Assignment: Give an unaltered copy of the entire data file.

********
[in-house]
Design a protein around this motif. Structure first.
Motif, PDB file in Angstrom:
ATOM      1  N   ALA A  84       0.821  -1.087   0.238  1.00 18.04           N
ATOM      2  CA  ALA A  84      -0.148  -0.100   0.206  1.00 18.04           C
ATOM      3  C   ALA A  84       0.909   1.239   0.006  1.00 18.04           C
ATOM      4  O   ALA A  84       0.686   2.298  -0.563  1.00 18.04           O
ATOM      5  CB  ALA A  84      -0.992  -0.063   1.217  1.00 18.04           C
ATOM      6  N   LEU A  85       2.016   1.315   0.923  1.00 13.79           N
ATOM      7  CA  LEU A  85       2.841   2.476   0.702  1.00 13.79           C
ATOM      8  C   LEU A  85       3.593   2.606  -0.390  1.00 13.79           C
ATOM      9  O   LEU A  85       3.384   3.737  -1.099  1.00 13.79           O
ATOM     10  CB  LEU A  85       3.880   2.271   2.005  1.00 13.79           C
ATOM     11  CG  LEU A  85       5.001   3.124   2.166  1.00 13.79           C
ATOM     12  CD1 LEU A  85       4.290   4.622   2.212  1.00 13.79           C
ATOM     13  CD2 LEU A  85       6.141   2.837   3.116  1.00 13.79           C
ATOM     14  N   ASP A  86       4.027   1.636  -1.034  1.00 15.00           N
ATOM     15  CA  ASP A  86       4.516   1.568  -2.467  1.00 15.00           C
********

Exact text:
[in-house]
Design a protein around this motif. Structure first.
Motif, PDB file in Angstrom:
ATOM      1  N   ALA A  84       0.821  -1.087   0.238  1.00 18.04           N
ATOM      2  CA  ALA A  84      -0.148  -0.100   0.206  1.00 18.04           C
ATOM      3  C   ALA A  84       0.909   1.239   0.006  1.00 18.04           C
ATOM      4  O   ALA A  84       0.686   2.298  -0.563  1.00 18.04           O
ATOM      5  CB  ALA A  84      -0.992  -0.063   1.217  1.00 18.04           C
ATOM      6  N   LEU A  85       2.016   1.315   0.923  1.00 13.79           N
ATOM      7  CA  LEU A  85       2.841   2.476   0.702  1.00 13.79           C
ATOM      8  C   LEU A  85       3.593   2.606  -0.390  1.00 13.79           C
ATOM      9  O   LEU A  85       3.384   3.737  -1.099  1.00 13.79           O
ATOM     10  CB  LEU A  85       3.880   2.271   2.005  1.00 13.79           C
ATOM     11  CG  LEU A  85       5.001   3.124   2.166  1.00 13.79           C
ATOM     12  CD1 LEU A  85       4.290   4.622   2.212  1.00 13.79           C
ATOM     13  CD2 LEU A  85       6.141   2.837   3.116  1.00 13.79           C
ATOM     14  N   ASP A  86       4.027   1.636  -1.034  1.00 15.00           N
ATOM     15  CA  ASP A  86       4.516   1.568  -2.467  1.00 15.00           C